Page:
This is an explanation of why I start off all my beginning students with handbuilding. Some students feel they may be wasting time on learning handbuilding techniques, but I think handbuilding is the FOUNDATION of working with clay.
This series is not meant to be a comprehensive course in ceramics. But since I've been making pottery and teaching clay courses for many years now, I want to share some of the insights I've gained. And by insights I mean things that I think make it easier to teach and to learn Clay Art.
Wheel thrown pottery is always symmetrical. You can alter it on the wheel after throwing so that it's no longer symmetrical. Wheel throwing is essentially a production "sport", and an accomplished potter can throw many pots in quite a short period of time, repeating the same sizes and shapes over and over. This makes sense if you need to quickly produce 50 mugs, bowls, plates, pitchers or vases!
But even if you envision yourself in the future to be wheel throwing exclusively, and your final goal is to be a throwing production potter - you will still benefit enormously from learning handbuilding techniques.
Pinching pots is the probably the earliest method used to create clay vessels and will teach you LOTS about working with clay. Beginning with handbuilding, specifically pinch pots, builds traces from your brain to your fingertips. You will learn how much clay can stretch, how far you can coax it, and how thin it can become. Handbuilding pinch pots also teaches you how to create a shape with your hands and how to control the creation of that shape. The shapes you can build by pinching are endless.
This is why, in my beginner classes (kids AND adults), I always start by making pinch pots. Even students who have been in my classes often choose to build pinch pots along with the beginners in order to expand their abilities, make more complex shapes and experiment with processes of smoothing and finishing. There's always room for improving technique! I love a project where students build two pinch pots of the same size and join them together, subtly moving into the process of joining pieces of clay together. From this egg shape there are so many possibilities: vases, sculptures, teapots...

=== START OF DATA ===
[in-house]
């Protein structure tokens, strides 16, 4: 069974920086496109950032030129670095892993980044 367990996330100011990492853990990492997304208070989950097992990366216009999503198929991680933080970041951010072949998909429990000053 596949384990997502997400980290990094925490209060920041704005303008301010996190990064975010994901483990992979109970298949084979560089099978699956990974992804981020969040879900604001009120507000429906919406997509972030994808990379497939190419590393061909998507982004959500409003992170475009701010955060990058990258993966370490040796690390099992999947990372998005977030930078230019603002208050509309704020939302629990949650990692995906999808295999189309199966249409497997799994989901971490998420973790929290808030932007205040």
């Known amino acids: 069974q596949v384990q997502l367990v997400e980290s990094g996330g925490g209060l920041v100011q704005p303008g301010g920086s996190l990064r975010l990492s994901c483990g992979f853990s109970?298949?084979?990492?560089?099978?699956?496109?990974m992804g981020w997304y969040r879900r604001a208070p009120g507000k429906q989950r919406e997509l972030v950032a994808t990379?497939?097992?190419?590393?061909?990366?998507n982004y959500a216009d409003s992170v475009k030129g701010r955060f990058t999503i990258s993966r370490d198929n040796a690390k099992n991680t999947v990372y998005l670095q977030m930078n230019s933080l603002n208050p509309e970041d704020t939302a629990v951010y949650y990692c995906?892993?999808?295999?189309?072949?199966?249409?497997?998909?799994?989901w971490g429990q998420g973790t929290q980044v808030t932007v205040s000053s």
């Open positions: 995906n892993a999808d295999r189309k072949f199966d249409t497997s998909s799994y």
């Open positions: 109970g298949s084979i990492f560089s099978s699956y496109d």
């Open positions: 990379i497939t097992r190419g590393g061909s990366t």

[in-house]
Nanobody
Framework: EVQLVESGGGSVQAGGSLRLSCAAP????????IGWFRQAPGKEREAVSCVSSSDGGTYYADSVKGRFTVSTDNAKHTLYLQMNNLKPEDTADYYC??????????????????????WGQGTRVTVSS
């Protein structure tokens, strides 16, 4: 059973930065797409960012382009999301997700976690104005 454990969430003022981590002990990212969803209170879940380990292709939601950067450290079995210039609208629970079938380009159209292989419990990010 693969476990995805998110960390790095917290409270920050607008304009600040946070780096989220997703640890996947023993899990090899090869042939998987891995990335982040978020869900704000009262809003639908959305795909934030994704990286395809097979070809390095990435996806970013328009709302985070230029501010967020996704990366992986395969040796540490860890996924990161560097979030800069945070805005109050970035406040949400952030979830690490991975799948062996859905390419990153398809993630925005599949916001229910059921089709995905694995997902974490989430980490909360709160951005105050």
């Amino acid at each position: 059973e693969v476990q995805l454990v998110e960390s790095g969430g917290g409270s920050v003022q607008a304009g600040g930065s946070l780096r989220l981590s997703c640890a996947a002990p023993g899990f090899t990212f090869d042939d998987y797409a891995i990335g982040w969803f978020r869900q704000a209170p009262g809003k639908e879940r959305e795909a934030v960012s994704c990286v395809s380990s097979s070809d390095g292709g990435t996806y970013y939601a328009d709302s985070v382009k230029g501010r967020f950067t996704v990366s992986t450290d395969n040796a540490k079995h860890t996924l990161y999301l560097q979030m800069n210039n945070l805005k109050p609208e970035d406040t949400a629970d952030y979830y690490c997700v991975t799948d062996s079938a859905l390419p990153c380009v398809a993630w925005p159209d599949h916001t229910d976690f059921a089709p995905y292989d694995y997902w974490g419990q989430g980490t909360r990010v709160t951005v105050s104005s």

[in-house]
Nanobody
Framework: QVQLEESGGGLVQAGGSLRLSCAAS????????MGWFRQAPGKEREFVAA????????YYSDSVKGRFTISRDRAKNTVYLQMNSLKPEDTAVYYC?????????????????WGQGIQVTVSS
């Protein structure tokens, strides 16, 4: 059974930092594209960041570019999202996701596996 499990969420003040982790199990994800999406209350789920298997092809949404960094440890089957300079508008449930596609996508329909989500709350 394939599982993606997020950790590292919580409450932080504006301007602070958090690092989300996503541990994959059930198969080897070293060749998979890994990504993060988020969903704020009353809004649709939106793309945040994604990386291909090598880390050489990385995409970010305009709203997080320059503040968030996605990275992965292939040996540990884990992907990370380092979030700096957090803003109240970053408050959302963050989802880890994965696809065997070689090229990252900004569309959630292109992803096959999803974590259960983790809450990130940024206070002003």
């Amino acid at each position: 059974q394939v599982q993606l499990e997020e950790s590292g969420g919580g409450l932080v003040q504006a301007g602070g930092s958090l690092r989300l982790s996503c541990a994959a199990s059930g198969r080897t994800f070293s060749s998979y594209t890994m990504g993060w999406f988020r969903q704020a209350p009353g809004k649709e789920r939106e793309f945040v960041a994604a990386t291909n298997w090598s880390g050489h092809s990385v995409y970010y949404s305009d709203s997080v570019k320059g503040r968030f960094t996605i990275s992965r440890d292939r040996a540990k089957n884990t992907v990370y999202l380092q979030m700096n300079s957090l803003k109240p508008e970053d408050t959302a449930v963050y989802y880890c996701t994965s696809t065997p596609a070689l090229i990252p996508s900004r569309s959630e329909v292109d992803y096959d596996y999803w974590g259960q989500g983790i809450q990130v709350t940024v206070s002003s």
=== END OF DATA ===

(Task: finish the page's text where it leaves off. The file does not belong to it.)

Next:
It seems a logical transition from here to coil pots ....
Coiling is a simple matter of forming "snakes" of clay by rolling a lump of clay first in your hands and then against a flat surface. These coils can be small and thin, the size of your thumb, or VERY large, and either rounded or flattened. They are put together, one atop the other and joined by rubbing the coils together and pinching them. The form is then shaped by repeatedly adding coils, joining them and turning them as you pinch.
Thus, coiling and pinching methods are combined to create either asymmetrical OR symmetrical vessels or pots. Making a successful symmetrical coil pot is quite a challenge. Once students have done them, I encourage them to design an asymmetrical pot in order to perceive and appreciate the beauty of asymmetry. Since you can be symmetrical on the wheel, why not explore how natural and exciting building an asymetrical work of art can be?!
Coil or pinch pots can be very thin, very smooth, very large or very small. The coils can be decorative on the outside or on the inside (a bowl, for instance). They can be built freehand, or by using the inside or outside of a shape. They can be many and various different shapes that are all basically rounded.
Let's move on to slabs .....
Slabs are essential if you want to create flat shapes. Slabs are pieces of clay rolled or slammed out flat. You can use a slab roller, a rolling pin or slam the clay against a flat surface, slowly expanding the shape. Slabs can be used to create rounded shapes by rolling them around a cylinder and joining them at the edge. They can be shaped by being draped inside or outside of a mold to create platters or bowls. Almost anything can be used as a mold: a plaster mold created just for that purpose or a bowl, a platter, a pan, a wok! Bas-relief tiles begin with slabs.
You can also build boxes from slabs by rolling out a slab and cutting the sides, joining them together when they've dried to leather hard. Boxes can be tall and thin, short and squat, many-sided or cubed. Boxes can become bird houses, fairy houses, treasure boxes or containers of secrets!
In conclusion ….